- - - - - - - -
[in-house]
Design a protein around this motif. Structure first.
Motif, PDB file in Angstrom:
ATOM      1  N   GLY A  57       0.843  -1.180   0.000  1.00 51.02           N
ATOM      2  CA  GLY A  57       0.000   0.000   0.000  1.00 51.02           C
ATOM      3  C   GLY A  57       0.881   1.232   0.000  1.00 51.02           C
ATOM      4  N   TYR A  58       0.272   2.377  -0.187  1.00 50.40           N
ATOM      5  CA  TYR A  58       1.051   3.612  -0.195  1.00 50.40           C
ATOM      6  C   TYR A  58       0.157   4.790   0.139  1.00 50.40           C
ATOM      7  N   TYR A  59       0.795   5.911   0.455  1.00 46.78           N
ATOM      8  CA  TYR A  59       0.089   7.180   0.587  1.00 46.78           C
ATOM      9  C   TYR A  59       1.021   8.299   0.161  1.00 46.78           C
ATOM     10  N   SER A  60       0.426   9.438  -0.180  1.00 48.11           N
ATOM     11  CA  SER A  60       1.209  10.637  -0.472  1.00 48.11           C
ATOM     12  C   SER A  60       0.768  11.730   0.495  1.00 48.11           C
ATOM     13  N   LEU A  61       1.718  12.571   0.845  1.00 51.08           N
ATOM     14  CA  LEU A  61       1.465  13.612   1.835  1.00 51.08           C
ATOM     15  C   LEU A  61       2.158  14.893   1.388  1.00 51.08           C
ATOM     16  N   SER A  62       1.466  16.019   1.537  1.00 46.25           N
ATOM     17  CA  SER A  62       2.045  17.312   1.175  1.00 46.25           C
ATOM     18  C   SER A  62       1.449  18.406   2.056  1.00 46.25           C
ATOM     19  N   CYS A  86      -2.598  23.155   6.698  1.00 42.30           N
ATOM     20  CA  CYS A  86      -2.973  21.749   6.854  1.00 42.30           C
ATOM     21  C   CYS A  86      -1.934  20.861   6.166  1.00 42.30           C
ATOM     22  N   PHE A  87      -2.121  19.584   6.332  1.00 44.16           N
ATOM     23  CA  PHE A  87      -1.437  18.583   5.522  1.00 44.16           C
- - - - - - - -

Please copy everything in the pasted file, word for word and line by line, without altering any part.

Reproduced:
[in-house]
Design a protein around this motif. Structure first.
Motif, PDB file in Angstrom:
ATOM      1  N   GLY A  57       0.843  -1.180   0.000  1.00 51.02           N
ATOM      2  CA  GLY A  57       0.000   0.000   0.000  1.00 51.02           C
ATOM      3  C   GLY A  57       0.881   1.232   0.000  1.00 51.02           C
ATOM      4  N   TYR A  58       0.272   2.377  -0.187  1.00 50.40           N
ATOM      5  CA  TYR A  58       1.051   3.612  -0.195  1.00 50.40           C
ATOM      6  C   TYR A  58       0.157   4.790   0.139  1.00 50.40           C
ATOM      7  N   TYR A  59       0.795   5.911   0.455  1.00 46.78           N
ATOM      8  CA  TYR A  59       0.089   7.180   0.587  1.00 46.78           C
ATOM      9  C   TYR A  59       1.021   8.299   0.161  1.00 46.78           C
ATOM     10  N   SER A  60       0.426   9.438  -0.180  1.00 48.11           N
ATOM     11  CA  SER A  60       1.209  10.637  -0.472  1.00 48.11           C
ATOM     12  C   SER A  60       0.768  11.730   0.495  1.00 48.11           C
ATOM     13  N   LEU A  61       1.718  12.571   0.845  1.00 51.08           N
ATOM     14  CA  LEU A  61       1.465  13.612   1.835  1.00 51.08           C
ATOM     15  C   LEU A  61       2.158  14.893   1.388  1.00 51.08           C
ATOM     16  N   SER A  62       1.466  16.019   1.537  1.00 46.25           N
ATOM     17  CA  SER A  62       2.045  17.312   1.175  1.00 46.25           C
ATOM     18  C   SER A  62       1.449  18.406   2.056  1.00 46.25           C
ATOM     19  N   CYS A  86      -2.598  23.155   6.698  1.00 42.30           N
ATOM     20  CA  CYS A  86      -2.973  21.749   6.854  1.00 42.30           C
ATOM     21  C   CYS A  86      -1.934  20.861   6.166  1.00 42.30           C
ATOM     22  N   PHE A  87      -2.121  19.584   6.332  1.00 44.16           N
ATOM     23  CA  PHE A  87      -1.437  18.583   5.522  1.00 44.16           C